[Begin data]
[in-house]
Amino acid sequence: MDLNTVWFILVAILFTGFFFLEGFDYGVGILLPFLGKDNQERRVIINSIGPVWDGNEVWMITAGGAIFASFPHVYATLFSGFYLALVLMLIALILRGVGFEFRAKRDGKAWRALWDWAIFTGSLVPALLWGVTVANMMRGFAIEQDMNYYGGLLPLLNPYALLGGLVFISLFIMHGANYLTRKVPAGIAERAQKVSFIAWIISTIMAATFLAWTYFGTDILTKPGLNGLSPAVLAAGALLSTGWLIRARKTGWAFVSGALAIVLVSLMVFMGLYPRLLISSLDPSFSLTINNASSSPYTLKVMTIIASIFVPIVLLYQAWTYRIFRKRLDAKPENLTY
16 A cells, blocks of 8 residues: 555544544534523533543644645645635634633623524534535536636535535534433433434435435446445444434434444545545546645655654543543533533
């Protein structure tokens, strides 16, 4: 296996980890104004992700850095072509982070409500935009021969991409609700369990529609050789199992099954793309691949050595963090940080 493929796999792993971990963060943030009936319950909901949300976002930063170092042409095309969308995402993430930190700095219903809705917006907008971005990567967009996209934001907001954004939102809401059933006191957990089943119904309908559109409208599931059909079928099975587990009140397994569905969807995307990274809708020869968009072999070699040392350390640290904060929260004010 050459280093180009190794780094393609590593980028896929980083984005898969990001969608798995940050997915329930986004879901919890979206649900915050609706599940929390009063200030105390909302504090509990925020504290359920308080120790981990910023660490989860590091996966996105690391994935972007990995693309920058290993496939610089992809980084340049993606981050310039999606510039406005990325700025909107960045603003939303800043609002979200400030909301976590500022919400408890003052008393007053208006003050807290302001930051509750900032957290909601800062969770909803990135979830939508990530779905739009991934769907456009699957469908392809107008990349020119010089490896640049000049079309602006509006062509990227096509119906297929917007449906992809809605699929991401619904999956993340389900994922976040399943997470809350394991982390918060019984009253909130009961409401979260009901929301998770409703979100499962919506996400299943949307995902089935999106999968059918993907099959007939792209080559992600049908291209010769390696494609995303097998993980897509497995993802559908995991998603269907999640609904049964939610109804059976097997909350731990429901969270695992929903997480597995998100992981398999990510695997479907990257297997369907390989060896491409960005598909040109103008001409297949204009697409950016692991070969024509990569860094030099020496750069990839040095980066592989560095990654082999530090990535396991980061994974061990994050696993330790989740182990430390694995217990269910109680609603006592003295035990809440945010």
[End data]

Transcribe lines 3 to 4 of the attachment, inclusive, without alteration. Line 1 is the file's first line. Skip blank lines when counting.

16 A cells, blocks of 8 residues: 555544544534523533543644645645635634633623524534535536636535535534433433434435435446445444434434444545545546645655654543543533533
């Protein structure tokens, strides 16, 4: 296996980890104004992700850095072509982070409500935009021969991409609700369990529609050789199992099954793309691949050595963090940080 493929796999792993971990963060943030009936319950909901949300976002930063170092042409095309969308995402993430930190700095219903809705917006907008971005990567967009996209934001907001954004939102809401059933006191957990089943119904309908559109409208599931059909079928099975587990009140397994569905969807995307990274809708020869968009072999070699040392350390640290904060929260004010 050459280093180009190794780094393609590593980028896929980083984005898969990001969608798995940050997915329930986004879901919890979206649900915050609706599940929390009063200030105390909302504090509990925020504290359920308080120790981990910023660490989860590091996966996105690391994935972007990995693309920058290993496939610089992809980084340049993606981050310039999606510039406005990325700025909107960045603003939303800043609002979200400030909301976590500022919400408890003052008393007053208006003050807290302001930051509750900032957290909601800062969770909803990135979830939508990530779905739009991934769907456009699957469908392809107008990349020119010089490896640049000049079309602006509006062509990227096509119906297929917007449906992809809605699929991401619904999956993340389900994922976040399943997470809350394991982390918060019984009253909130009961409401979260009901929301998770409703979100499962919506996400299943949307995902089935999106999968059918993907099959007939792209080559992600049908291209010769390696494609995303097998993980897509497995993802559908995991998603269907999640609904049964939610109804059976097997909350731990429901969270695992929903997480597995998100992981398999990510695997479907990257297997369907390989060896491409960005598909040109103008001409297949204009697409950016692991070969024509990569860094030099020496750069990839040095980066592989560095990654082999530090990535396991980061994974061990994050696993330790989740182990430390694995217990269910109680609603006592003295035990809440945010």